" Surprisingly good! This book had a little bit of everything -- drama, historical fiction, suspense, mystery. Very nice book written in the early 1900's. Anyone visiting Branson, Missouri should visit the place where this book was written - called today "The Shepherd of the Hills". "

  • 3 out of 53 out of 53 out of 53 out of 53 out of 5 Matthew Dishman | 12/6/2013

    " Its interesting to see what life would have been like around where I live at that time. It was good but hard to follow at times. "

  • 5 out of 55 out of 55 out of 55 out of 55 out of 5 Liesl Gingerich | 10/30/2013

    " This book is really good!!!!! I loved it!!!!!! but at the end it is really sad :( but I defiantly recommend it to anyone who likes adventures! "

  • 5 out of 55 out of 55 out of 55 out of 55 out of 5 Christina Brady | 10/21/2013

    " Wonderful little love story located here in Missouri. I had trouble with the speech of the book in the beginning but once I got past that and recognized all the slang then the book was wonderful. I laughed, I cried, and over all felt a great desire to keep myself rooted to who I am always. "

  • 5 out of 55 out of 55 out of 55 out of 55 out of 5 Laura | 9/9/2013

    " I always love to read a positive account of my Ozark hills! This story offered an intriguing plot, quick pace, solid characters, and valuable teachings, catching and keeping my attention throughout. This is a tough book to leave behind. "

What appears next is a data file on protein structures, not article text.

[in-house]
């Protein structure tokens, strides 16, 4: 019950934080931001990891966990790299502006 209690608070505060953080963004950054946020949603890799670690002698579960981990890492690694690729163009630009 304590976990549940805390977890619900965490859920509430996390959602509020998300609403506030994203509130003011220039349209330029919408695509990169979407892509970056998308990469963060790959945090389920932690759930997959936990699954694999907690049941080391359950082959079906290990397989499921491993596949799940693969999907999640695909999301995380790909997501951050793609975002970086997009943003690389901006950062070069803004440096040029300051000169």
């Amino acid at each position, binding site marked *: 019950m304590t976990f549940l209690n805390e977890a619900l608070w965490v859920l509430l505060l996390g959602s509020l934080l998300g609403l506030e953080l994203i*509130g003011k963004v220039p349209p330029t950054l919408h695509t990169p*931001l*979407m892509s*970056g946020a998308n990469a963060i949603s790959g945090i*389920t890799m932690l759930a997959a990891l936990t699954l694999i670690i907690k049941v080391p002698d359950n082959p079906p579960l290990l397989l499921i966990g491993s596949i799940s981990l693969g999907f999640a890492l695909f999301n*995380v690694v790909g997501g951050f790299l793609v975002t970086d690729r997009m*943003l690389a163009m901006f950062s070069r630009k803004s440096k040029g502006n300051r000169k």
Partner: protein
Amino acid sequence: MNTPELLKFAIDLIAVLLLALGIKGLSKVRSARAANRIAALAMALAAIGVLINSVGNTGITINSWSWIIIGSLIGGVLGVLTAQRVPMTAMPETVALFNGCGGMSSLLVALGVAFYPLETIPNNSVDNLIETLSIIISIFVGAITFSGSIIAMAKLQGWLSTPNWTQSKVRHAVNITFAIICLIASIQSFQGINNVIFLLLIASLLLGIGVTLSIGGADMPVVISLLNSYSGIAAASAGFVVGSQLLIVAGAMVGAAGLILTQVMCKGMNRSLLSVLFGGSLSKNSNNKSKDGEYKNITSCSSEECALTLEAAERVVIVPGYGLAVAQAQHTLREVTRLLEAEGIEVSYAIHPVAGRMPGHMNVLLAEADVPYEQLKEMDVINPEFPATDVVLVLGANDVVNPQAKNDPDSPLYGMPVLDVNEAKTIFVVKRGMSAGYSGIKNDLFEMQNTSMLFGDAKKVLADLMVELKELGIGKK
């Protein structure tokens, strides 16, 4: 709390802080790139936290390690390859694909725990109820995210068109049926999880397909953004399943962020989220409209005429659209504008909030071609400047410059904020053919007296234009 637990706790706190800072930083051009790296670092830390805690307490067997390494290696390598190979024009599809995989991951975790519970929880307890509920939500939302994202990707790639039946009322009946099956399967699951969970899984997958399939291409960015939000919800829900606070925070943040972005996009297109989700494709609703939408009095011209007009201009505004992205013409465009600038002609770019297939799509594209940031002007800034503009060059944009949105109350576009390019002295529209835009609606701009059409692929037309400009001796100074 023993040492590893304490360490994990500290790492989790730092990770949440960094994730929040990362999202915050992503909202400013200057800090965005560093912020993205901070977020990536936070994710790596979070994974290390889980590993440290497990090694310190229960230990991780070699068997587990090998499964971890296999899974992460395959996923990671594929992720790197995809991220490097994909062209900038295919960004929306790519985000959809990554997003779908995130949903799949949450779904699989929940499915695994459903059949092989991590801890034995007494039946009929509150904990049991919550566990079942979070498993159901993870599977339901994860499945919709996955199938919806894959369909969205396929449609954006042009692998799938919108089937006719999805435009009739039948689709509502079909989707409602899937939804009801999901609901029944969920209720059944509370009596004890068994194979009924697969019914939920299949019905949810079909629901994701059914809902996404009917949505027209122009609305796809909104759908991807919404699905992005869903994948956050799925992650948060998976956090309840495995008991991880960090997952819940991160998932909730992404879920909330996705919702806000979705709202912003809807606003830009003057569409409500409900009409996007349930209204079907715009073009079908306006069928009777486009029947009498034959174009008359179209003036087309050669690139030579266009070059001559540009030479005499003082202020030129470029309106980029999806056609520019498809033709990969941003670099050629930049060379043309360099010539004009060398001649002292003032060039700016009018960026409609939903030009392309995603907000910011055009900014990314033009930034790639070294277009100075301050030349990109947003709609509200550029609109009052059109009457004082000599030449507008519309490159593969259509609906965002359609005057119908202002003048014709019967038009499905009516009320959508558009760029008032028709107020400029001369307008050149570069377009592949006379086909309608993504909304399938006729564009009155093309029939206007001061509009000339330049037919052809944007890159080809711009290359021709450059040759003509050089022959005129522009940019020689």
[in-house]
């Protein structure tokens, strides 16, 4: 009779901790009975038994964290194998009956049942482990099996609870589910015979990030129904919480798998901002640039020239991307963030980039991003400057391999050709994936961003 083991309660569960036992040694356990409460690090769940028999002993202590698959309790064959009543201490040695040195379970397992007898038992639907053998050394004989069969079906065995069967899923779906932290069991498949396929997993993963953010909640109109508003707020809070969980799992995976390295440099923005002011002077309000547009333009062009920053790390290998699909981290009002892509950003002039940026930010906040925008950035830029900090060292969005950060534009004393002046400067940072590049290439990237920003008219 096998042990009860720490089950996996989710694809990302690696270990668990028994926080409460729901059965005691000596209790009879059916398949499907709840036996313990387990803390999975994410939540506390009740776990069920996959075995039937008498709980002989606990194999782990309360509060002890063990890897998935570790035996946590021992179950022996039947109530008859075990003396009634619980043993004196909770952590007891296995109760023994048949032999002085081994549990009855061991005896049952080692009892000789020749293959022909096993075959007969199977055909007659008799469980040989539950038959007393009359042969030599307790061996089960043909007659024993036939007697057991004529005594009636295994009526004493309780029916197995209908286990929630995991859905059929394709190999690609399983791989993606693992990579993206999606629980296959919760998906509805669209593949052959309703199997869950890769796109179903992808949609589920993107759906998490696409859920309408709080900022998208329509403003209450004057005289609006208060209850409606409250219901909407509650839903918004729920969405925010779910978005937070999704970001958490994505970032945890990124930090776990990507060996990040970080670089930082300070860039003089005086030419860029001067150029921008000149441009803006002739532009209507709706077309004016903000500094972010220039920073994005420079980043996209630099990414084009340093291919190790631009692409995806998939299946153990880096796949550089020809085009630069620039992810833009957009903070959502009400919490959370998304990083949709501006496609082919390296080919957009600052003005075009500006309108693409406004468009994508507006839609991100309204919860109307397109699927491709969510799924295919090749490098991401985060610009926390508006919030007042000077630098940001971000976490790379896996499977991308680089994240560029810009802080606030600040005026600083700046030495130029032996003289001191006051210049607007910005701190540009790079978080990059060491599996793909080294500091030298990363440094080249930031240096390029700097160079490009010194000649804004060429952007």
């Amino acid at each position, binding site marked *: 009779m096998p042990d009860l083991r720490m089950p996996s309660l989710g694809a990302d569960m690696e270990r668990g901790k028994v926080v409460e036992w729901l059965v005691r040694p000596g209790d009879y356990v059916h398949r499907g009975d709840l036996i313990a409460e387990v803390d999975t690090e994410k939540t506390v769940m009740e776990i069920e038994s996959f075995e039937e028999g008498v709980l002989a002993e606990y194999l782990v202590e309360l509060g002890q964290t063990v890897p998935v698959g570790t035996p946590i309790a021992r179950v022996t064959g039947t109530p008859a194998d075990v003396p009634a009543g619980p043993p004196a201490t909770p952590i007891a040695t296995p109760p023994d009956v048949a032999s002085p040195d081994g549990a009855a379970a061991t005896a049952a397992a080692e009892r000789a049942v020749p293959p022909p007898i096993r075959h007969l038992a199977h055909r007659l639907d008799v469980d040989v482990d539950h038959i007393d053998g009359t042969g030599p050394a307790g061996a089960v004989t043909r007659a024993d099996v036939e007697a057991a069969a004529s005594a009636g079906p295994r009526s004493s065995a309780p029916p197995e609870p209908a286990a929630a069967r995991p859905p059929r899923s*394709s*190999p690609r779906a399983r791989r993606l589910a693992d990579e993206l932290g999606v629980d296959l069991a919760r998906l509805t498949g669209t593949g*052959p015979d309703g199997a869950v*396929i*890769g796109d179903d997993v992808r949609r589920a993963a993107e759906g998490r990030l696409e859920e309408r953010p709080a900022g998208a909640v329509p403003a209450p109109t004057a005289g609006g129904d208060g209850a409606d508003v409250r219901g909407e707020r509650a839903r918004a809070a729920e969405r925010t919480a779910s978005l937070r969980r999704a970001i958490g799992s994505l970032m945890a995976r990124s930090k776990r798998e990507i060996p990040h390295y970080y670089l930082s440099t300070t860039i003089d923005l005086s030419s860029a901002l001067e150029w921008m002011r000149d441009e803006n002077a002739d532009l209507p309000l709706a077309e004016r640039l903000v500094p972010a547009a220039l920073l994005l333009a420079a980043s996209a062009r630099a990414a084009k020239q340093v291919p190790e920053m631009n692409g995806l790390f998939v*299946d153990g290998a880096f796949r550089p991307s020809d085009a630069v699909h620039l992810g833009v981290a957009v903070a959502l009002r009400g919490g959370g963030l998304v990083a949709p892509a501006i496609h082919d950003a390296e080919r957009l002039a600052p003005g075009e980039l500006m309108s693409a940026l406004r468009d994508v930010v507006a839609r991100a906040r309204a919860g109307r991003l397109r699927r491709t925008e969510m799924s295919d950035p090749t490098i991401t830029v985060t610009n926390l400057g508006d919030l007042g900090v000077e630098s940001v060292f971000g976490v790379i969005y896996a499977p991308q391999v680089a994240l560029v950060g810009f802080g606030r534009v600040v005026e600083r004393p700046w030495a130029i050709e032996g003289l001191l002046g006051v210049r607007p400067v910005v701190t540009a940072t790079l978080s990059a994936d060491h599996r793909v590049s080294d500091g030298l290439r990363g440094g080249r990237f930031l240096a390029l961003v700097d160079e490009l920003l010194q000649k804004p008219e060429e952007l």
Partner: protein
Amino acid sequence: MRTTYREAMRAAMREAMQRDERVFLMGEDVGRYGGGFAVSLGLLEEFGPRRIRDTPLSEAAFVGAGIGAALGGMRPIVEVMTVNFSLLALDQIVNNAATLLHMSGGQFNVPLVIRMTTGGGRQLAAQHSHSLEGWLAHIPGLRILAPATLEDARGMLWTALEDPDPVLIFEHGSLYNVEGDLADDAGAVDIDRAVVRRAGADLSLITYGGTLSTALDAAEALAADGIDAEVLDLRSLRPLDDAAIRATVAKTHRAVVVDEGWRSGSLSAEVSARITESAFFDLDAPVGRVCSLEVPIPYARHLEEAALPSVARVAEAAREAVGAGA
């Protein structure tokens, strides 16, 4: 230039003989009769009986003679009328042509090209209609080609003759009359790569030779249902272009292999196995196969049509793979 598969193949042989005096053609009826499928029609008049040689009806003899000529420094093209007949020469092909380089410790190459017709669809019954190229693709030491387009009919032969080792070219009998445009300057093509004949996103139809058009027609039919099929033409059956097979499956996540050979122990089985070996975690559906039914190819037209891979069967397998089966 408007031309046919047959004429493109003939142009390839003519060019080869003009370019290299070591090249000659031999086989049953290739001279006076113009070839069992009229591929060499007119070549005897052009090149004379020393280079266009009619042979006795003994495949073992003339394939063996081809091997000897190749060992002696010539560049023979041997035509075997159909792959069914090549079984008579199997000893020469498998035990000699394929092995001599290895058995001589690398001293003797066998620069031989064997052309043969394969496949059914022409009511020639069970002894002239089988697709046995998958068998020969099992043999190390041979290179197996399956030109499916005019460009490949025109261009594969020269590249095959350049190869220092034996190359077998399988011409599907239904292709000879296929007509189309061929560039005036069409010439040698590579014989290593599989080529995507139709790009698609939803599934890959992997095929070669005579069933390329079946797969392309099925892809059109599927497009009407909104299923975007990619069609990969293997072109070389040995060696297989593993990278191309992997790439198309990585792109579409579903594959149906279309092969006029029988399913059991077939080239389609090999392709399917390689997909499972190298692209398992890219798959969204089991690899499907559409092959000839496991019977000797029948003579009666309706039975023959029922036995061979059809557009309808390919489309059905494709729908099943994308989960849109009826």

• 5 out of 55 out of 55 out of 55 out of 55 out of 5 Valerie Basham | 8/5/2013

    " This was the best Christian fiction book I've ever read! Ever. It is beautifully written. "

  • 5 out of 55 out of 55 out of 55 out of 55 out of 5 Ashleyshell | 7/6/2013

    " This has been one of my favorite books throughout my life, and I have read it many times. Partly I love it because I grew up in the Ozarks, the story's setting, but I also love the story. The characters are dear old friends to me. "

  • 4 out of 54 out of 54 out of 54 out of 54 out of 5 Katharina | 6/28/2013

    " pretty good......didn't care for some of the dialogue though. "

  • 2 out of 52 out of 52 out of 52 out of 52 out of 5 Terri | 3/26/2013

    " I read this on my Nook. It was a free download and the format was terrible, so I didn't have the best experience. The story was good, but a little slow. "

  • 5 out of 55 out of 55 out of 55 out of 55 out of 5 Texasreader | 2/12/2013

    " This book was read to my 6th grade class (mid-1960s). I loved it then. As an adult, I bought a copy and have read it many times. I also read it to my two daughters as they were going up. It will always remain an all-time favorite book for me. "